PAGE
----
[hahy-druh-klawr-ahyd, -id, -klohr-]
- a salt, especially of an alkaloid, formed by the direct union of hydrochloric acid with an organic base that makes the organic constituent more soluble.
Origin of hydrochloride
Dictionary.com Unabridged Based on the Random House Unabridged Dictionary, © Random House, Inc. 2018
Examples from the Web for hydrochloride
The nitrate and hydrochloride are at present much used in pharmacy.
The hydrochloride is soluble in alcohol and in water, melting-point about 205°.
The hydrochloride crystallises in white plates, and has a melting-point of 192°.
Hydrochloride of nicotine is more easily volatilised than the pure base.
It gives a precipitate with potassium iodide if a solution of the hydrochloride be used.
- a quaternary salt formed by the addition of hydrochloric acid to an organic base, such as aniline hydrochloride, [C 6 H 5 NH 3 ] + Cl -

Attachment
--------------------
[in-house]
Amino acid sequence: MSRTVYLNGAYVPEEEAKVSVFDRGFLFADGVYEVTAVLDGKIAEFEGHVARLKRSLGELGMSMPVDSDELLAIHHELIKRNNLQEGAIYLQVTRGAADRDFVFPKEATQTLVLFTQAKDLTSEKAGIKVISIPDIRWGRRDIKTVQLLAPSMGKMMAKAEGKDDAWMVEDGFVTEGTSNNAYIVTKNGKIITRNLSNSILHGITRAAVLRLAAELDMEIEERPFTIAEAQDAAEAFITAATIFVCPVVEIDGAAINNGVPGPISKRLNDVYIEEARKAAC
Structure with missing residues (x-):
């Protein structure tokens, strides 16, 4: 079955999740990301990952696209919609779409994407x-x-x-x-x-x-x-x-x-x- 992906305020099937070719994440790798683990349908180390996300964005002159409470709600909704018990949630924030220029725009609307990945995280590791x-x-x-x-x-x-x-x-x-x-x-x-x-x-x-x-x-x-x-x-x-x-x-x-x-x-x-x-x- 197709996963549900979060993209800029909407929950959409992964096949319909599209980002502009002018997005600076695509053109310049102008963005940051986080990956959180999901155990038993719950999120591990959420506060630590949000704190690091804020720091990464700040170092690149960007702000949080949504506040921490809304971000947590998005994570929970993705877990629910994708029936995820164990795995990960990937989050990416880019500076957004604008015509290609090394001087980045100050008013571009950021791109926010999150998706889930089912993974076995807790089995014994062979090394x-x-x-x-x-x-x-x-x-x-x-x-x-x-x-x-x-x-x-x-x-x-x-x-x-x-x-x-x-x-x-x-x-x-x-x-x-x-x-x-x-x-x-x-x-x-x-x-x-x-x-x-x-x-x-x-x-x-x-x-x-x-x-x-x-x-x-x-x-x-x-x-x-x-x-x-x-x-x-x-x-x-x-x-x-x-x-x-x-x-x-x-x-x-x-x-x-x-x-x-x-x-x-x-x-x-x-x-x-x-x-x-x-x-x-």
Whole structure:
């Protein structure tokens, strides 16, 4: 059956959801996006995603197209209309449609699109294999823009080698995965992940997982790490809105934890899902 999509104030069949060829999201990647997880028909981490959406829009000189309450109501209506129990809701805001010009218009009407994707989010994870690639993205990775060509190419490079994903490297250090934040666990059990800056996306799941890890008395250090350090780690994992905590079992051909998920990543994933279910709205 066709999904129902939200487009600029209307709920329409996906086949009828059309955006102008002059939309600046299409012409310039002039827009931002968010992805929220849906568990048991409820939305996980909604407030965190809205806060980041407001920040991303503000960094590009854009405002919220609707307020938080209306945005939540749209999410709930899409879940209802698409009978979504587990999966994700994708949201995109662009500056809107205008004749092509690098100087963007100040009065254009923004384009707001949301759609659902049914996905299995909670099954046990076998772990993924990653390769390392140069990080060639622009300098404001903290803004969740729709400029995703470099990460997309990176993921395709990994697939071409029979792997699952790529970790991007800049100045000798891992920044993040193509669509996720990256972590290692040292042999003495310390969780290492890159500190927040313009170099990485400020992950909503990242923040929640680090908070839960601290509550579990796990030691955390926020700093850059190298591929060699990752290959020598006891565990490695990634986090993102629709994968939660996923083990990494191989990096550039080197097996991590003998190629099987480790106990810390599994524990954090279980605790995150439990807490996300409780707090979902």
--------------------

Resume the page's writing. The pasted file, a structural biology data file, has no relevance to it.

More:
Collins English Dictionary - Complete & Unabridged 2012 Digital Edition © William Collins Sons & Co. Ltd. 1979, 1986 © HarperCollins Publishers 1998, 2000, 2003, 2005, 2006, 2007, 2009, 2012
- A compound resulting from the reaction of hydrochloric acid with an organic base.
The American Heritage® Stedman's Medical Dictionary Copyright © 2002, 2001, 1995 by Houghton Mifflin Company. Published by Houghton Mifflin Company.
- A salt containing the group HCl. Many important drugs are hydrochlorides.
The American Heritage® Science Dictionary Copyright © 2011. Published by Houghton Mifflin Harcourt Publishing Company. All rights reserved.